Although stories often veer off into wildly imaginative terrains, they often set off from real life spaces. Whether peculiar, mundane or unexpected, these places are nonetheless imbued with potential and serve as important gateways into the constructed literary worlds. These places are created in collaboration between the imaginations of the writer and reader, but comparing this vision with the reality can also offer added insight. With this in mind, I thought I would try to track down some of these points of departure.
Vancouver’s Cassiar Connector, which serves as the entrance way to the realm of the Half World, was pretty easy to locate, thanks to some rather specific instructions the antagonist, Mr. Glueskin, gives our heroine.
…”Where was I? Ahhh, yes. If you ever want to see your mummy again, and so on and so forth, leave the house immediately and proceed to the Cassiar Connector. Enter the tunnel that is farthest west. I really don’t know where you’ll end up if you go through the wrong Gate. So PAY ATTENTION!” he roared.
“West side,” Melanie sobbed.
“Good girl,” the vile voice soothed. “You’ll find there are numerous doors lining the inside wall. Go through Door Number Four! Get it? Door Four! Your prize-winning entry into Half-World!”
Neil Gaiman’s The Graveyard Book is inspired by an experience of a cemetery near his childhood home. As he recounts in the foreword to the book:
“The idea had been so simple, to tell the story of a boy raised in a graveyard, inspired by one image: my infant son, Michael – who was two, and is now twenty-five, the age I was then, and is now taller than I am – on his tricycle, pedaling through the graveyard across the road in the sunshine, past the grave I once thought had belonged to a witch.”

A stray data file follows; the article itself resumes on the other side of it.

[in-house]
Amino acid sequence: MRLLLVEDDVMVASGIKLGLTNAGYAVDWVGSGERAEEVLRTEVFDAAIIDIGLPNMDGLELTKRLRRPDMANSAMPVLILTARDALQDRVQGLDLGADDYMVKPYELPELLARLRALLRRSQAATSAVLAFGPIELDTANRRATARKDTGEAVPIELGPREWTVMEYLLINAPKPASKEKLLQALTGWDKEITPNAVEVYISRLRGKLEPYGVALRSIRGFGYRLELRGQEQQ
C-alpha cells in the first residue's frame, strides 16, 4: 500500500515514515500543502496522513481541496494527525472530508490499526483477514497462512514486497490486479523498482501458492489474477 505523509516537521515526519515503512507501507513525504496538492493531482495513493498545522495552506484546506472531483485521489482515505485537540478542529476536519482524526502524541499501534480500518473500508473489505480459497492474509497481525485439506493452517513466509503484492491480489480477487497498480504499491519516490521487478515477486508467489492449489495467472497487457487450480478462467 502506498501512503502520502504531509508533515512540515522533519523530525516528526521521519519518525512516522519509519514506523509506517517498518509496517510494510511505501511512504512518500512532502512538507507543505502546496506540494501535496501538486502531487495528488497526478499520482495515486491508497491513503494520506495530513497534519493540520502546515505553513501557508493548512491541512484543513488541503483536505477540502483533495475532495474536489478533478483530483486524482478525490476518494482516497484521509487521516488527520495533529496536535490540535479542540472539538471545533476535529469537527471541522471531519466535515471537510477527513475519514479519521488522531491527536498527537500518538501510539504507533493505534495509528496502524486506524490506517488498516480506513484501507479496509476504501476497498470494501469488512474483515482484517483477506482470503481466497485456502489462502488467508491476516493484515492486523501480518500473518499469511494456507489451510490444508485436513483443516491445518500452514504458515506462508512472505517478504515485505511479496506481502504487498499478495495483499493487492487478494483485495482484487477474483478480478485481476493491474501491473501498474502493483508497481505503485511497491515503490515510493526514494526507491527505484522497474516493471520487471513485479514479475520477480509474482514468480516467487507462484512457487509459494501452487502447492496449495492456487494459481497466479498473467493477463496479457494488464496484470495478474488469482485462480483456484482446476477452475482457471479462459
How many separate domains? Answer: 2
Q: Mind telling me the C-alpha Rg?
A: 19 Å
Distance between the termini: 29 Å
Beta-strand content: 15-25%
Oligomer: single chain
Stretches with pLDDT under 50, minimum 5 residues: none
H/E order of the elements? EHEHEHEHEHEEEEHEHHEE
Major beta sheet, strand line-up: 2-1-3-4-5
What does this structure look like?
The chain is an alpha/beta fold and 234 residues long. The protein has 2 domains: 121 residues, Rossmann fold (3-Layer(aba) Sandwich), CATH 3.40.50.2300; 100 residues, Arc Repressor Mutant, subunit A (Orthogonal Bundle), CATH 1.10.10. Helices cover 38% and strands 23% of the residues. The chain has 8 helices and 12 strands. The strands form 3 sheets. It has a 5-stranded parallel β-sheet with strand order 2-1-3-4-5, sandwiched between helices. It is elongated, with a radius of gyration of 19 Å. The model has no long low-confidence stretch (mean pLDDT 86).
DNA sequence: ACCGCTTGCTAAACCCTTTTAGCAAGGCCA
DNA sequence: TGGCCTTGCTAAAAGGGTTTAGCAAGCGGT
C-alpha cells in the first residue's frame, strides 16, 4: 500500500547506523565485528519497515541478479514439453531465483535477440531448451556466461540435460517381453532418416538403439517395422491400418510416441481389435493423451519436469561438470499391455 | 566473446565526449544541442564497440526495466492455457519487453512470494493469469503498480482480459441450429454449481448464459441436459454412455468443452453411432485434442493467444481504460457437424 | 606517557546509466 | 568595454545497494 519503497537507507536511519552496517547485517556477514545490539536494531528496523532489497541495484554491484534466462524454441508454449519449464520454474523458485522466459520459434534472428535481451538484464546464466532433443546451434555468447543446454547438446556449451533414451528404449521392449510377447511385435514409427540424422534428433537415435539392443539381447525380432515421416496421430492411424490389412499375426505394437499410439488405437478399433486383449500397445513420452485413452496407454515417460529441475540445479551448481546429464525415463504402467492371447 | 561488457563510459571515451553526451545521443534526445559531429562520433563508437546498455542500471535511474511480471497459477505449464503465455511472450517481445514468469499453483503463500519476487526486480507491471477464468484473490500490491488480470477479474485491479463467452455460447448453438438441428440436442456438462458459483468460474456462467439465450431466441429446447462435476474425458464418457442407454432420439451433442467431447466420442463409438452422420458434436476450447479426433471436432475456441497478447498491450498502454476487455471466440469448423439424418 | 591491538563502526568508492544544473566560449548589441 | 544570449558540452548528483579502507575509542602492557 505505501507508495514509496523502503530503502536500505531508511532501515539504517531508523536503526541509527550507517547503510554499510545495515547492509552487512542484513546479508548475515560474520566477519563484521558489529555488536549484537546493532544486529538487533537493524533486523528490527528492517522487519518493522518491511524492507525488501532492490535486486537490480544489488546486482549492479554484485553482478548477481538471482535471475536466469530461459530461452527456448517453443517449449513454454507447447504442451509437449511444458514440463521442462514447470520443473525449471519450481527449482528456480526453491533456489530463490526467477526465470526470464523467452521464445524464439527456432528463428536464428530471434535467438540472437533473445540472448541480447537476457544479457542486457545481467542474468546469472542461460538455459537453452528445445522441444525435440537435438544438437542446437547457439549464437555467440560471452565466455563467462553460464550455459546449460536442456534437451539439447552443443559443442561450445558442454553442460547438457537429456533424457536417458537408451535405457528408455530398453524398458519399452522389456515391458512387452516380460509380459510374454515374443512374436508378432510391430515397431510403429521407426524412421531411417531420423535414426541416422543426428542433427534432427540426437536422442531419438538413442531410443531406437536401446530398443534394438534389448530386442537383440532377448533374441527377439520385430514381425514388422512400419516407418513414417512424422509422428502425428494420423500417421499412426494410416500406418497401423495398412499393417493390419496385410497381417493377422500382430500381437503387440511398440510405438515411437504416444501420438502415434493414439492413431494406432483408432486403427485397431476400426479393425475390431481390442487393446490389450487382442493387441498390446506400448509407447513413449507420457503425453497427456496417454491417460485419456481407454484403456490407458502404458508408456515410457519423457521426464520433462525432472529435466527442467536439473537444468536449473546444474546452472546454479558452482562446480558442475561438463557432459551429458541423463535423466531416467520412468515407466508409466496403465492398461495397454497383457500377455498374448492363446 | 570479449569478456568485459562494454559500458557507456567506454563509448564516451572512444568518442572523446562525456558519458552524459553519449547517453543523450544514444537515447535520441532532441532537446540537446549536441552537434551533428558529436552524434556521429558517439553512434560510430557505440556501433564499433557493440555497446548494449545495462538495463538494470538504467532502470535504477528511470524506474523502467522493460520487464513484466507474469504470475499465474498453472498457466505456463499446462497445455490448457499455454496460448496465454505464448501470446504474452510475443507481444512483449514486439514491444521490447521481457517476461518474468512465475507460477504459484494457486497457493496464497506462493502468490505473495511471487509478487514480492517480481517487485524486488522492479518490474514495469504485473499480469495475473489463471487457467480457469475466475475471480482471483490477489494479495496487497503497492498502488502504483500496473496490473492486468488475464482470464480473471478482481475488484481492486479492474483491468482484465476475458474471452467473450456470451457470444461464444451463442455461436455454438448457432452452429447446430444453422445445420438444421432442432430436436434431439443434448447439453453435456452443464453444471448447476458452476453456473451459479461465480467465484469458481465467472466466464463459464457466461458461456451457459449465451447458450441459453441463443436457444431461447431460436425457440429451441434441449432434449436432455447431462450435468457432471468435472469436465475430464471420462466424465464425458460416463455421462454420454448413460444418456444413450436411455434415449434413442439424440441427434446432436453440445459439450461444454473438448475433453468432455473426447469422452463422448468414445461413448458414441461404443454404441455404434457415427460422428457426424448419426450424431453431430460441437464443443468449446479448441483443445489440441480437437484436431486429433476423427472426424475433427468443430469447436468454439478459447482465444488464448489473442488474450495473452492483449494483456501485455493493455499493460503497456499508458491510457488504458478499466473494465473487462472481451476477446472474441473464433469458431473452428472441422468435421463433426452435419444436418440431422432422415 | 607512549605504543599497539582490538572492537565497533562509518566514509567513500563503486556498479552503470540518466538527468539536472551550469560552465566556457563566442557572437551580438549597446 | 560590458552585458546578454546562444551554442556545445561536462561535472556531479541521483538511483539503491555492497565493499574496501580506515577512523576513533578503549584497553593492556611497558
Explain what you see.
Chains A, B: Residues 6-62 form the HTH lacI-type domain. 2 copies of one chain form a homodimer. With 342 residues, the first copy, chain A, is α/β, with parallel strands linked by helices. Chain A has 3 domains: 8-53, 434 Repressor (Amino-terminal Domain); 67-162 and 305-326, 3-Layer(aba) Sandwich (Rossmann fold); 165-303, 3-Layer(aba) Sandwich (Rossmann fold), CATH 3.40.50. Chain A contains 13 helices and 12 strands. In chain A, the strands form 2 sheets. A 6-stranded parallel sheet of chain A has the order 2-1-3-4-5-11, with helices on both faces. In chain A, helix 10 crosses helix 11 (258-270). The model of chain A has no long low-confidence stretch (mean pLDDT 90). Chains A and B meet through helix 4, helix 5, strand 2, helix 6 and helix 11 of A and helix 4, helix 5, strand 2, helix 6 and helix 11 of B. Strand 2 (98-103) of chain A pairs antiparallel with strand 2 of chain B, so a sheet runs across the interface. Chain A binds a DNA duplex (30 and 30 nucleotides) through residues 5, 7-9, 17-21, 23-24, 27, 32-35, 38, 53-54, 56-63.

London's Kings Cross Station became one of the most famous rail terminals in the world after Harry Potter used it as the starting point of his journey to Hogwarts. It is now a tourist destination for countless Potter fans who continue to flock there in search of platform 9 ¾. In honour of the literary homage, a luggage cart was installed halfway through the wall. However, as intrepid fans have noted, the platform isn’t quite in the same place as mentioned in the books. Rowling admits her memory was a bit foggy on this detail, and had based it on another nearby station.
The Impassable Wilderness, otherwise known as Forest Park in Portland Oregon, is the world that Prue has to enter in order to rescue her baby brother, along with many other quests and adventures in Wildwood.
As long as Prue could remember, every map she had ever seen of Portland and the surrounding countryside had been blotted with a large, green patch in the centre, stretching like a growth of moss from the northwest corner to the southwest, and labeled with the mysterious initials "I.W."
Even in real life, the forest lives up to its literary moniker, leaving so much to the imagination.